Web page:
This poll disturbs that claim.

  23. @ Hatfield Girl

    “Amber Star: I wasn’t sure about the polling of specialised groups and the contribution of such polls to our grasp of likely electoral outcomes. Undoubtedly the Labour Leader has claimed high levels of economic and financial competence; and has argued that in such an unprecedented financial crisis we need to rely on his competence – ‘no time for a novice’.

    This poll disturbs that claim.”

    This is one poll and is a realignment of the previous comRES poll it doesnt really show that people feel the Tories would be incompetent at running the country. After all the Tories have brought us out of recessions before. The only difference is that it will be up to Cameron to do the dirty work left to us by an incompetent government. I wouldnt call the Tories novices. That is pure heresay.

  24. Amber Star
    “Do I think that the Bloomberg poll, alluded to by Hatfield girl, will have a noticeable effect on UK polling? No, I don’t think it will.”

    Interesting question, albeit a previously unasked one. The straight answer is probably not, since the BBC will do their utmost to ignore it unless Brown makes another “saved the world” gaffe or another party uses it in the anticipated UK general election campaign. If another broadcaster ran with it, it might just have legs.

    Probably just useful rebuttal material should the TV “leaders” debates take place.

    The poll in question was outwith the UK but nonetheless a political poll with potential impact on UK politics and thus hardly “off-topic” on UKPR.

    Yes it does somewhat disturb if not destroy the propaganda.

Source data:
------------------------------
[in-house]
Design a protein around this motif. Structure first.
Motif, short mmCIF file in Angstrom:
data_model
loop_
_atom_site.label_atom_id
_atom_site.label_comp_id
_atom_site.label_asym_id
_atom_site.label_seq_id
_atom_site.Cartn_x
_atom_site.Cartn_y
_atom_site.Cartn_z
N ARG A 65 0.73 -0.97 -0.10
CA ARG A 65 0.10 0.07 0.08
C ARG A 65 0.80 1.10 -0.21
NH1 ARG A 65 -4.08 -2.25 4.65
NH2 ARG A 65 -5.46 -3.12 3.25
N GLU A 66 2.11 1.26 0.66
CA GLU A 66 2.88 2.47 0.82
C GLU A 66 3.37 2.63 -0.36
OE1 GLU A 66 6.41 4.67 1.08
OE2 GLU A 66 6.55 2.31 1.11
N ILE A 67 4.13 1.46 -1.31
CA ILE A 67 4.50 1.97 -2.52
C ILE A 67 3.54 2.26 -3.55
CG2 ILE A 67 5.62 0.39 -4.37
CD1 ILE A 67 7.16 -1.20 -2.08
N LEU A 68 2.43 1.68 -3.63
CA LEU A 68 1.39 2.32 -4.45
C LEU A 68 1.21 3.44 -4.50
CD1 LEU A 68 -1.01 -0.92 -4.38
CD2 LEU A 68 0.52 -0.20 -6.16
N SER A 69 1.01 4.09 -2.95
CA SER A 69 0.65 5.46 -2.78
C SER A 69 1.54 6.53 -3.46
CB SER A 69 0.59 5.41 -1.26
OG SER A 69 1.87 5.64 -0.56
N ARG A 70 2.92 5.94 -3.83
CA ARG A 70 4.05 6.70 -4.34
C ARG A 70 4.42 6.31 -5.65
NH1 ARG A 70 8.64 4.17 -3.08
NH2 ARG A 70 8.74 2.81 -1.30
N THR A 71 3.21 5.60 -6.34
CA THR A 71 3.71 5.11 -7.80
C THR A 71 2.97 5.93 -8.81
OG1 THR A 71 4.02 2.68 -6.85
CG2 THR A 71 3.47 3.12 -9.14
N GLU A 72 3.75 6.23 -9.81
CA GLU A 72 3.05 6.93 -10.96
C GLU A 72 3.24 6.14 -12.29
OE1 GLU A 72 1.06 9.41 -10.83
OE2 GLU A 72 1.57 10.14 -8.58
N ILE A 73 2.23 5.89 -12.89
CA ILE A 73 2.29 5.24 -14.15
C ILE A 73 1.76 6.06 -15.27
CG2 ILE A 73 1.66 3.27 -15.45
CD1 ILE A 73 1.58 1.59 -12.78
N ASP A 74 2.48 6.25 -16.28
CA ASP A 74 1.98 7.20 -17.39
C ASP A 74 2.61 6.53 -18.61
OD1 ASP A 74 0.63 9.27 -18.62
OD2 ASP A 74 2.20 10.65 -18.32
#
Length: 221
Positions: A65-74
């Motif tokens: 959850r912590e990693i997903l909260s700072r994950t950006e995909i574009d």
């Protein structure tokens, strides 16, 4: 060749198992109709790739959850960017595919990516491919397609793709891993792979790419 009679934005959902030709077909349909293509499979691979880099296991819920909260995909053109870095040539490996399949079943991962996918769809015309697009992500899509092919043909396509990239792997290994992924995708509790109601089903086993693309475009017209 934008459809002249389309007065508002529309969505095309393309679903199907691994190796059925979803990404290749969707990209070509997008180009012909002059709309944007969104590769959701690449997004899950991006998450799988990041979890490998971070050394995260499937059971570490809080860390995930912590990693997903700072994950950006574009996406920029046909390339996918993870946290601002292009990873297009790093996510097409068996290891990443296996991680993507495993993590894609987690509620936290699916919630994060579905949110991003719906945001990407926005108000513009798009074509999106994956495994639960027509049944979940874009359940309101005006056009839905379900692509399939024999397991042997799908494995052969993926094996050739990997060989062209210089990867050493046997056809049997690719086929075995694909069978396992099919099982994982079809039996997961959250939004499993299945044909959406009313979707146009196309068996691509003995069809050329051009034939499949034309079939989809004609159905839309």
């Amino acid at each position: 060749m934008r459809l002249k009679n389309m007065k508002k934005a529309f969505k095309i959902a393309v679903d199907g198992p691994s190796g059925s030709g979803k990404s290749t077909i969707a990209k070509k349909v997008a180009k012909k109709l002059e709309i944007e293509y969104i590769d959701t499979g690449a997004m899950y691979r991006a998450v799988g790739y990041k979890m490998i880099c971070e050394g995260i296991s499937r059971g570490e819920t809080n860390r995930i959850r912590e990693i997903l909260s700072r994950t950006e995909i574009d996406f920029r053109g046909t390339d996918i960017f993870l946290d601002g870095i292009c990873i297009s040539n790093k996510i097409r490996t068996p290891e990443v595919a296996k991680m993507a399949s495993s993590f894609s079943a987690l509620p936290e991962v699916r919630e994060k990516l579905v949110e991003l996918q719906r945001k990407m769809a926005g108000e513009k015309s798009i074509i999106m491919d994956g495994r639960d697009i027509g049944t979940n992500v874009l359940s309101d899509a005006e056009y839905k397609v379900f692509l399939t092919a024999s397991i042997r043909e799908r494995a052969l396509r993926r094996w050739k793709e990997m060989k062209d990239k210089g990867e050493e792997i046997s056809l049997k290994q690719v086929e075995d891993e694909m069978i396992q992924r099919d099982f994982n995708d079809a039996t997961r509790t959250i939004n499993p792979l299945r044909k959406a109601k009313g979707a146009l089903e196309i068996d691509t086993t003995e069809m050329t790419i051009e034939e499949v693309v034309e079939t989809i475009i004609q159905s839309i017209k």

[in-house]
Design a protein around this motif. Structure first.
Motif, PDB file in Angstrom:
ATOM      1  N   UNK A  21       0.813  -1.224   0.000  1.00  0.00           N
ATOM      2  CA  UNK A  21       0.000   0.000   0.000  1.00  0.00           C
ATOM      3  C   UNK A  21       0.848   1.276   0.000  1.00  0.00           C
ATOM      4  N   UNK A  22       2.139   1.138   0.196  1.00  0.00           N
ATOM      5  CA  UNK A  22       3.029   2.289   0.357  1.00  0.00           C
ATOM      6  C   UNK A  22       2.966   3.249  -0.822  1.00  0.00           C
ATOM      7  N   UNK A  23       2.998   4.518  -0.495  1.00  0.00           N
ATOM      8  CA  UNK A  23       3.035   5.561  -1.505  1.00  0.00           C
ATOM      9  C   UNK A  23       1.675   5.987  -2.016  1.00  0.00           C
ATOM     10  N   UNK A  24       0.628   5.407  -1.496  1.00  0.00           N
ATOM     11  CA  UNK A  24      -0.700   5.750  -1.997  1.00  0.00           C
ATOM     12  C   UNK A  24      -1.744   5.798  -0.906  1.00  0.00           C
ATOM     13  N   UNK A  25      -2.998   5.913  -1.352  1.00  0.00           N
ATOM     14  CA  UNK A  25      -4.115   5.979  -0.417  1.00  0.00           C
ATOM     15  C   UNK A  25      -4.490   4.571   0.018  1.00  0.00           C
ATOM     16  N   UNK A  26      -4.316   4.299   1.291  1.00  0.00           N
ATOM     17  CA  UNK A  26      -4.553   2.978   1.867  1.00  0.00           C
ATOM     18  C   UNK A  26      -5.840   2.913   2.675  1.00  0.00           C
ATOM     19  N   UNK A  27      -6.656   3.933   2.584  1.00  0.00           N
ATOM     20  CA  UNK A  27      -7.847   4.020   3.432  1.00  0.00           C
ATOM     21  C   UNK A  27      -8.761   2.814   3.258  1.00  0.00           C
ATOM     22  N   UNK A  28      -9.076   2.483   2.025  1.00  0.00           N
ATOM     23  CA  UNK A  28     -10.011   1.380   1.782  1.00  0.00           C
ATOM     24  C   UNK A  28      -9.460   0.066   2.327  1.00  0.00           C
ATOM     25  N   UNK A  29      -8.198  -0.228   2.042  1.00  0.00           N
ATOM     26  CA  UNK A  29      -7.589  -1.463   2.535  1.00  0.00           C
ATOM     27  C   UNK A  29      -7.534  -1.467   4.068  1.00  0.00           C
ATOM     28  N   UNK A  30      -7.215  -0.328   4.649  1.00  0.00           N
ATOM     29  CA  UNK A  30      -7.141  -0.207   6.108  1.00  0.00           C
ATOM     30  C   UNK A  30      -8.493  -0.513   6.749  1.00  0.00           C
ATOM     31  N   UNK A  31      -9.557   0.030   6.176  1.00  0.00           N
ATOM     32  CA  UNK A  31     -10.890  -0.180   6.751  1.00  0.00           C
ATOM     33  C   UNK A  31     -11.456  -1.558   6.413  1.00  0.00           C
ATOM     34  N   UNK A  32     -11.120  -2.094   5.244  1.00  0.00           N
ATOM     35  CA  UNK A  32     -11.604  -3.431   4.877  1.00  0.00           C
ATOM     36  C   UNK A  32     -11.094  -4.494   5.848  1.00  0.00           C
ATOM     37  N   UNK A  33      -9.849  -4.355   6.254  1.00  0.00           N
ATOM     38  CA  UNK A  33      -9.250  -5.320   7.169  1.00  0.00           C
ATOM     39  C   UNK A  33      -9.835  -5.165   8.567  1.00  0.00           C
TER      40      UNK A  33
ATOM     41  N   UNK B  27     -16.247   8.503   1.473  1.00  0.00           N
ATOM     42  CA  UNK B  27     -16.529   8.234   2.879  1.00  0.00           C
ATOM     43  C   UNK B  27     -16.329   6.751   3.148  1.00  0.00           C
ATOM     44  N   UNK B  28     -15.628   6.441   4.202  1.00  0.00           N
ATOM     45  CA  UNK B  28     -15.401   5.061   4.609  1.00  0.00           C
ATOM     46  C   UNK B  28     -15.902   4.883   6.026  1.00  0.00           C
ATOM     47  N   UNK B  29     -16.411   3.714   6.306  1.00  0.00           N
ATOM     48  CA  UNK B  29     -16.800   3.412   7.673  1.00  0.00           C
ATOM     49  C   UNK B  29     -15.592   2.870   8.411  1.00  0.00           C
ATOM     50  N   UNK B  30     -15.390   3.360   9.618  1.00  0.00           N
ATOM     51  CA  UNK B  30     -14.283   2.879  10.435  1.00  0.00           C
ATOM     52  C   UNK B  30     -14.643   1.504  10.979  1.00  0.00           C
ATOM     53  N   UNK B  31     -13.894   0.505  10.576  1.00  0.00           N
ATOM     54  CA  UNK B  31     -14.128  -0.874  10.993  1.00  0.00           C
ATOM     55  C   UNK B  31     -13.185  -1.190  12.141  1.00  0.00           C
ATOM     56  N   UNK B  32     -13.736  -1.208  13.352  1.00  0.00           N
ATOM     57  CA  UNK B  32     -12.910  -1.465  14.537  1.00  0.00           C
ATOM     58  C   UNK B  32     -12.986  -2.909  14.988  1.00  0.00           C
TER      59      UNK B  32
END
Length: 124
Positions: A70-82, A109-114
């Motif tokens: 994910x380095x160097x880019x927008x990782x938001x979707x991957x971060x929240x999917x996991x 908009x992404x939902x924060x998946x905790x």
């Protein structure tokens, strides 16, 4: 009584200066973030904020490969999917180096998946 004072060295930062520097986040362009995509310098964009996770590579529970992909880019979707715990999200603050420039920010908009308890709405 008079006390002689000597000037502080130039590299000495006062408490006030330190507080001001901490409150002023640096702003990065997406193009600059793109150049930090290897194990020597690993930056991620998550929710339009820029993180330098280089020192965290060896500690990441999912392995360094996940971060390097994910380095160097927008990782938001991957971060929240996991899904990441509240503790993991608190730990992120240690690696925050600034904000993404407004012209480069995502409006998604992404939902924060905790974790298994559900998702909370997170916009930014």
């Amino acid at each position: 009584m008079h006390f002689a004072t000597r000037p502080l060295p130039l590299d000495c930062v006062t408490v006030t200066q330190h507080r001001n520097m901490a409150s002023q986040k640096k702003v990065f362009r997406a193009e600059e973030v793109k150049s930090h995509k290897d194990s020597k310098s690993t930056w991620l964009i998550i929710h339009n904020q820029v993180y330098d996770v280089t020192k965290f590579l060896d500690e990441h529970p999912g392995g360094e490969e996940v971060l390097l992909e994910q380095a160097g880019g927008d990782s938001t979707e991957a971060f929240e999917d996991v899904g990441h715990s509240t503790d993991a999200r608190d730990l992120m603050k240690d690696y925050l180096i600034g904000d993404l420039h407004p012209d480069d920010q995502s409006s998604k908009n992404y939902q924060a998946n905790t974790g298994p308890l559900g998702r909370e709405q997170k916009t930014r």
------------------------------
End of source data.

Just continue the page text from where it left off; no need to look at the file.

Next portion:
If you dont like my posts dont read them. I am not going to change my veiws to suit you. The same applies to Rob Sheffield. And by the way, my only complaint about pro Labour posts is the perpetual straw clutching.

  26. hatfield girl
    “This poll disturbs that claim.”
    Quite so

    Mark Rose
    “This is one poll and is a realignment of the previous comRES poll”
    Unless I’m very much mistaken, you’re talking at cross-purposes.
    hatfield girl flagged and Amber Star disputed the relevance of the Bloomberg poll I link to above.

  27. Predictably, we are getting into the love, hearts, two spirits entwined as one which no Tory government can force or manufacture routine. So, what, assuming another 5 years of Labour does it propose in order to reduce the serious social consequences of unwanted, undisciplined, unloved ferral children in this country.
    1) More social workers?
    2) Bigger hand outs ?
    3) Nothing?

    If you think the conception of a child is a simple thing which is the result of a bit of fun, then you need to think harder.
    If you think the conception of a child is a commitment to support that child until it can support itself, and always be there to offer love and a home, listen to what Cameron is saying.

  28. Re the debate on married couples support, it’s worth looking at today’s FT editorial. It describes Cameron’s policy as ‘muddled’ and this is a direct quote – “Murder, violence, drug use and theft are uncommon and have been in decline for a decade and a half. In 2007 divorce hit a 31-year low. Teenage pregnancy is rising but is still rarer than in the 1970s or 1980s. The UK does have high poverty, welfare dependency, rising inequality and low social mobility. But these are not evidence of general social breakdown.”